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on 2 March 2017
It's always a pleasure to discover an author I enjoy. I had not previously read anything by Charles Cumming, but very much liked 'A Foreign Country', Cumming's first novel about recently disgraced MI6 agent Thomas Kell. Kell has been dismissed from a relatively senior position in the agency following a incident in Afghanistan, when a suspect's human rights were abused by CIA operatives. However, he is brought back on a temporary, freelance basis when the new head of MI6, Amelia Levene disappears whilst on holiday in France.
'A Foreign Country' is well-written and exciting. Although the plot is relatively straightforward, with few twists and turns, Cumming is excellent at maintaining a high pace throughout, and then accelerating the action towards the end. The main characters are well-drawn and the minor characters aren't stereotypes. Kell himself is an interesting character - he is clearly wedded to his job, which he is very good at, but also suffers doubts about the extent to which this requires deceit, and the effect of this on his personal relationships.
I thoroughly enjoyed this excellent book and look forward to reading the next two in the Thomas Kell series.
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on 18 October 2014
The opening chapter is to nicely written that my hopes were bounding. Sadly, I was a little disappointed. I have always found Cummings a good read, but never breathtaking; never utterly compelling. A Foreign Country was a decent thriller, but felt contrived – the background to the lead protagonist, Thomas Kell, never really feels fully realised and the extra matter in the back of the book speaks to an author who didn't want to write a story about the events he details (well known to anyone who has any knowledge of Human Rights law and/or the UK intelligence apparatus), but needed to weave it into his character somehow in order to make a point. The plot, the reason Amelia Levine (the new head of SIS) has disappeared, is a curious one. A little too much like Robert Harris's far superior Ghost for my tastes. The final sequence is far too bland for a book which one the Ian Fleming CWA Steel Dagger for Best Thriller. Kell never really feels in danger – never really feels under threat. A Spy By Nature conversely features a character way out of his depth and so much is held back, Cummings keeps us glued to the edge of our seats. Here, Kell seems to saunter through everything thrown at him, totally comfortable except for the uncomfortable past which seems to be a tacked-on contrivance. Cummings has written better.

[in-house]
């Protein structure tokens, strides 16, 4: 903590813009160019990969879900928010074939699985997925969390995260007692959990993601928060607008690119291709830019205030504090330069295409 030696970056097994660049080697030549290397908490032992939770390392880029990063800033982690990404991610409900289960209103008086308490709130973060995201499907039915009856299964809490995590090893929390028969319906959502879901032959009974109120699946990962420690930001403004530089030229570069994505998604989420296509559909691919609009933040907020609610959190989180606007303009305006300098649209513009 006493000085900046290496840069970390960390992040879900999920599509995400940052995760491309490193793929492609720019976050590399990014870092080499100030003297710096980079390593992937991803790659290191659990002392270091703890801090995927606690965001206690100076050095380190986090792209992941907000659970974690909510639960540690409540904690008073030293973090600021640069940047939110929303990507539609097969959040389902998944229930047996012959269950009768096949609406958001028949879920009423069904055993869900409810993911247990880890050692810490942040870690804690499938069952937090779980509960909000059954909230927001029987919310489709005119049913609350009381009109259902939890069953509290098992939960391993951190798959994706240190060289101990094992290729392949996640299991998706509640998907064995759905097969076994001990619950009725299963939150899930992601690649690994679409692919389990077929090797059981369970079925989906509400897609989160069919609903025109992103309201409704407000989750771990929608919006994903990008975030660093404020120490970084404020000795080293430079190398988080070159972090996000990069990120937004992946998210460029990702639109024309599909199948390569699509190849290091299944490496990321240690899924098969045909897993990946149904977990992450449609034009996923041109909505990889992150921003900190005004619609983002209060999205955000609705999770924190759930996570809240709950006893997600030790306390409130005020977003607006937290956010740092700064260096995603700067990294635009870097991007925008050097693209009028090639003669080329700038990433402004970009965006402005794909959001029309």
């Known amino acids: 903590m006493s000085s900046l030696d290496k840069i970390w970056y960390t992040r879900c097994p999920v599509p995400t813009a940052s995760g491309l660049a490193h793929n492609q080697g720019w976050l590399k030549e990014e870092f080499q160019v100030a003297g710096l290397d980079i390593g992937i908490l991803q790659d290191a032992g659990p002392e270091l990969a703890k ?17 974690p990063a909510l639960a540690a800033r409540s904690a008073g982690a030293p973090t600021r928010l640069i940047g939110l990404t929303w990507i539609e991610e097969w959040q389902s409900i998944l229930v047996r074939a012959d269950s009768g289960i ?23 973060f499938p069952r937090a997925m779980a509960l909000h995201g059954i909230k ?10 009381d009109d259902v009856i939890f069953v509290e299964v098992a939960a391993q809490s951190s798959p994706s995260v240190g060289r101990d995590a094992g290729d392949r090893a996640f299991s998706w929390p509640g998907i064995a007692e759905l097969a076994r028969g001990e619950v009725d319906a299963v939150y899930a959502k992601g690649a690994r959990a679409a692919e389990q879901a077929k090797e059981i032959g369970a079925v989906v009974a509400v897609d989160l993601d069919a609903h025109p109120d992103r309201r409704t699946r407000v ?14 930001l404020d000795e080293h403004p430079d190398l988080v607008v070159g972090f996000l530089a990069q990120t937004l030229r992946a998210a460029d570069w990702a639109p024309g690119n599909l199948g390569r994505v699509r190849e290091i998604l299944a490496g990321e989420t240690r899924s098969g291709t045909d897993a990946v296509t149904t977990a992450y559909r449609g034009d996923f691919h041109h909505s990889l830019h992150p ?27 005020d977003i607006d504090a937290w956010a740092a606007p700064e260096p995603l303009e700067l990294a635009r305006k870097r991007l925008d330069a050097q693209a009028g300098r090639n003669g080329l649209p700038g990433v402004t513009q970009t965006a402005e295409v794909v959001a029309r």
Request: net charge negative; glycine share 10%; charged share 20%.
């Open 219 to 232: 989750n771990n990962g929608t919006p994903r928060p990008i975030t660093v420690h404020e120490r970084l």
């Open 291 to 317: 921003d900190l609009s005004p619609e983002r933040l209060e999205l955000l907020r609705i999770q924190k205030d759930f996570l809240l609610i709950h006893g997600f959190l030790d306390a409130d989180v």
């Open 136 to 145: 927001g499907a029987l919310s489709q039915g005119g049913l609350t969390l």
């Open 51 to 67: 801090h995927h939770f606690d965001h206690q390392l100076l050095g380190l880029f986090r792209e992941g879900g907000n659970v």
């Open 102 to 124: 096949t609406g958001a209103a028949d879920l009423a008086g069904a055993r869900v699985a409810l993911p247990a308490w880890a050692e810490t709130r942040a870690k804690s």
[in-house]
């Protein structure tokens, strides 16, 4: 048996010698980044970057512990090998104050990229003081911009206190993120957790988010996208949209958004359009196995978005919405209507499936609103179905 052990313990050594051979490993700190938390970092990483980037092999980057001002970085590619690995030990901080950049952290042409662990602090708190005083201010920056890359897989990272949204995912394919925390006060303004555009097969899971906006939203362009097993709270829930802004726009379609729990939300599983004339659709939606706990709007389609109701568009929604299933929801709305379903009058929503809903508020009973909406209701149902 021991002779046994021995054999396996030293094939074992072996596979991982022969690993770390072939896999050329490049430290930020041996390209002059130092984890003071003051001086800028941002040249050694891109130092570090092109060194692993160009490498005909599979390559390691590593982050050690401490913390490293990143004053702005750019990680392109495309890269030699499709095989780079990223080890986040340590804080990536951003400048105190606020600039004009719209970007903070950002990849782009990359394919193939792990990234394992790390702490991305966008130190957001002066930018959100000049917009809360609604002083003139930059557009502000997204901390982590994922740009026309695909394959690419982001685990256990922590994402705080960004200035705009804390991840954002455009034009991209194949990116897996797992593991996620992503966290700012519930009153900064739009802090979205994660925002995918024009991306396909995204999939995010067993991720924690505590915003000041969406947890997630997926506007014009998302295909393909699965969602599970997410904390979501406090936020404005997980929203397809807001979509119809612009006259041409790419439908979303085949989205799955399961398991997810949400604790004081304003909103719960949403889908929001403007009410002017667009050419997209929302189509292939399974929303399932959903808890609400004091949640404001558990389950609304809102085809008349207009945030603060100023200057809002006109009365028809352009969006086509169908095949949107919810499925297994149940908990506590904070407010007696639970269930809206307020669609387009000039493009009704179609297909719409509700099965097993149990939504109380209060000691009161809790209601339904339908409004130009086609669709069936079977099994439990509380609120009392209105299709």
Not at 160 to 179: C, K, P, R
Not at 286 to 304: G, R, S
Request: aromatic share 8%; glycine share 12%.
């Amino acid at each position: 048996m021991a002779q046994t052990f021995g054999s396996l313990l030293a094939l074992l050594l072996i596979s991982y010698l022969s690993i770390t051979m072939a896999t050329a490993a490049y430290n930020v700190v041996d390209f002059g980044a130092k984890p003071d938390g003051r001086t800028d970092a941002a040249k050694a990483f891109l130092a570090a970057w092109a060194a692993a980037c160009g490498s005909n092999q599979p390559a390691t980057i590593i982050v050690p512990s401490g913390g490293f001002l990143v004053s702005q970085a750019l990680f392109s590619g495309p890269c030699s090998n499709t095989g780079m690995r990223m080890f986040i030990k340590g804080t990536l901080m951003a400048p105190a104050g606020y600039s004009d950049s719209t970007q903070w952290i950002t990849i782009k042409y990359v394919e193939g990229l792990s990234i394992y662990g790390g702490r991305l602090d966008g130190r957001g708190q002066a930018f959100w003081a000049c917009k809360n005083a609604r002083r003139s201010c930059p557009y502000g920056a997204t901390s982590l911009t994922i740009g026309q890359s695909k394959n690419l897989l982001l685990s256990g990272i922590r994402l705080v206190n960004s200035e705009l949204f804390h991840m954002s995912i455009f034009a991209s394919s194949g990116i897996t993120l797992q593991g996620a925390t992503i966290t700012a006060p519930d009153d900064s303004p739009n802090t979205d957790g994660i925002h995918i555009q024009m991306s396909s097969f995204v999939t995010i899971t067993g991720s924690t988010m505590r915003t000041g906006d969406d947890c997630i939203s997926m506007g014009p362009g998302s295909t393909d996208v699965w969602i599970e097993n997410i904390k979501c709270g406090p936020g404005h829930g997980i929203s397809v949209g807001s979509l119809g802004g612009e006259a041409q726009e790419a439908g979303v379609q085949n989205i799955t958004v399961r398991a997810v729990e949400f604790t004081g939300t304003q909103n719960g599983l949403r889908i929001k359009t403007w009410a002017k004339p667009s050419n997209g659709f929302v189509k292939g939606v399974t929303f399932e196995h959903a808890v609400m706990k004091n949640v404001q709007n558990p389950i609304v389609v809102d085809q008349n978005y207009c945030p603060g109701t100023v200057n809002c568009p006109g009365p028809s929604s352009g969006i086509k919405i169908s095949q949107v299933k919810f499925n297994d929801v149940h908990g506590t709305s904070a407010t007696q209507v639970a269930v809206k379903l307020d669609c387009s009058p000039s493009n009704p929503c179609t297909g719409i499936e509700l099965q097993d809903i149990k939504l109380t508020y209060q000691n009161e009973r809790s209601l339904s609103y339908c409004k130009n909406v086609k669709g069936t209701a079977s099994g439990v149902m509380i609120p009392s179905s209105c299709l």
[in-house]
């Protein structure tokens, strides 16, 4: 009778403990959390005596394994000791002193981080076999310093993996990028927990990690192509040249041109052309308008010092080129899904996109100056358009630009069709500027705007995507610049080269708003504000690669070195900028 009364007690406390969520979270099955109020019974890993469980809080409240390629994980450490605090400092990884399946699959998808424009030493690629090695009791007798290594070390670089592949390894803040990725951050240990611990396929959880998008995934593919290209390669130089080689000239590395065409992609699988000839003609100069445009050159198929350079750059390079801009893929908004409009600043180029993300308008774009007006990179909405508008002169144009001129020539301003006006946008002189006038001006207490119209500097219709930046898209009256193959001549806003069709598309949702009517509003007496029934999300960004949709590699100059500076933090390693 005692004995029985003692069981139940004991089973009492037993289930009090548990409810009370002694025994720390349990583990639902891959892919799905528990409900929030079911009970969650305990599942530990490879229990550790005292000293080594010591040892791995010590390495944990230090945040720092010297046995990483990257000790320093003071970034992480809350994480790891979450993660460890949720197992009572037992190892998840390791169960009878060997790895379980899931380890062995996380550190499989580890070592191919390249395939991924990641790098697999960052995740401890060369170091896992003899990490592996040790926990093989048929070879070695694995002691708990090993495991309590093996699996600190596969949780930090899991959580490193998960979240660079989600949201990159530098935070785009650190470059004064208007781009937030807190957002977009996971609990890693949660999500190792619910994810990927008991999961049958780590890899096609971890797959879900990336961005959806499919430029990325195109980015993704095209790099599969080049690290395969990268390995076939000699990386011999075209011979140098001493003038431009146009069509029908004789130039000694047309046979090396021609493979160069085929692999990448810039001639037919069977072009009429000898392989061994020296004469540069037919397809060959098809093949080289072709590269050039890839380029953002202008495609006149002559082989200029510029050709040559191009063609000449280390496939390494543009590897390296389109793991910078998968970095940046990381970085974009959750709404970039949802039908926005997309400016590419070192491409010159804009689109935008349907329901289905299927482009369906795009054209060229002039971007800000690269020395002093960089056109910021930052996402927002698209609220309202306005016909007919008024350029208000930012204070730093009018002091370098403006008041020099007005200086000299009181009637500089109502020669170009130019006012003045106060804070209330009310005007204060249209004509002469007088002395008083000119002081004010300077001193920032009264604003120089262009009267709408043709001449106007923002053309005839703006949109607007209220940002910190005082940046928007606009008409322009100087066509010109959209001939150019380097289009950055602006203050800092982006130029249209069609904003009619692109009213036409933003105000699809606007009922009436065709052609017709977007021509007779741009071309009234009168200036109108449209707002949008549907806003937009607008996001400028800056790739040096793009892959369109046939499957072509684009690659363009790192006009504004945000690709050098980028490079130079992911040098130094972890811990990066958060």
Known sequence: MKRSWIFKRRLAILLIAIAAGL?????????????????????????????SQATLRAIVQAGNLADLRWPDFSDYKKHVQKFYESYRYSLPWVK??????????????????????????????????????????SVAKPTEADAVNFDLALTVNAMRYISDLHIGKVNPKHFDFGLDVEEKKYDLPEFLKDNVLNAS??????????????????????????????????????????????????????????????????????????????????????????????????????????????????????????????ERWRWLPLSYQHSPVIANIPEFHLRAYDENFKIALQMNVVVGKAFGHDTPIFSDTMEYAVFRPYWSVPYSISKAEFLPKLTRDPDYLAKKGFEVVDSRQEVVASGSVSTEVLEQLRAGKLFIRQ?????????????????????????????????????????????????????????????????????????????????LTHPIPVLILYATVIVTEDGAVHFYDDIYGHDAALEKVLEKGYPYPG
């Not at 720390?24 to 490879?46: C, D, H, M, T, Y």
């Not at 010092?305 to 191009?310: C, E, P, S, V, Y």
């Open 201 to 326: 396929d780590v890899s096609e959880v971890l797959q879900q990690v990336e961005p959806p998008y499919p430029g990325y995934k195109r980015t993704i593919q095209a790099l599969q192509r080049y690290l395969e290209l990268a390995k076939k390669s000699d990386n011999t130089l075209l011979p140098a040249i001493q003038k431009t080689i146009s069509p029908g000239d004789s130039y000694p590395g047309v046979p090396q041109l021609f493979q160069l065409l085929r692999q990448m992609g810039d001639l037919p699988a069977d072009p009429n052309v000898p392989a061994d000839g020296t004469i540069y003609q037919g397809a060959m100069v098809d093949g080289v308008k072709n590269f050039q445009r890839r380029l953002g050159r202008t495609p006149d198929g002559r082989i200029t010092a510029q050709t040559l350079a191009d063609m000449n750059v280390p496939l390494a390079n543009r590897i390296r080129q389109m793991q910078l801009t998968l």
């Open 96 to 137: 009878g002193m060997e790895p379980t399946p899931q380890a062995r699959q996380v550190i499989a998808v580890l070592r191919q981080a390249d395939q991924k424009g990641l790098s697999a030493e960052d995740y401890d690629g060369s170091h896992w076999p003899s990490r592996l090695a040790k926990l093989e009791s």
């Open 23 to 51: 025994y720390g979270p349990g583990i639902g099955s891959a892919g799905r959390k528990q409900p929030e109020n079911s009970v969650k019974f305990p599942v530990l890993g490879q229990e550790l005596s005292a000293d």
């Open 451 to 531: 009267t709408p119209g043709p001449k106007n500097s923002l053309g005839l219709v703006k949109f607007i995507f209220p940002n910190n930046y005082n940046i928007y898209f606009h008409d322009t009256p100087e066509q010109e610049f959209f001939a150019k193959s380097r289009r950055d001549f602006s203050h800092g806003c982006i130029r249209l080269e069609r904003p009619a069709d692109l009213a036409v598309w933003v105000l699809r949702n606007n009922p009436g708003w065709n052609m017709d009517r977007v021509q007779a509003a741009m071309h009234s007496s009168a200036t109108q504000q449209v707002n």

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on 5 April 2017
Suspended from duty at MI6 for his part in the interrogation of a British citizen by the CIA in Afghanistan, Thomas Kell is hired as a freelance to find the missing boss of the organisation. He does. And there is something dodgy going on. It is of course Britain's traditional enemy, up to no good.

It's hard to say more without revealing spoilers. It's not James Bond. There are no exotic beauties in leopardskin lycra, more's the pity, and Kell is a middle aged bloke who gets himself mugged in an alley while trying to remember his self defence class.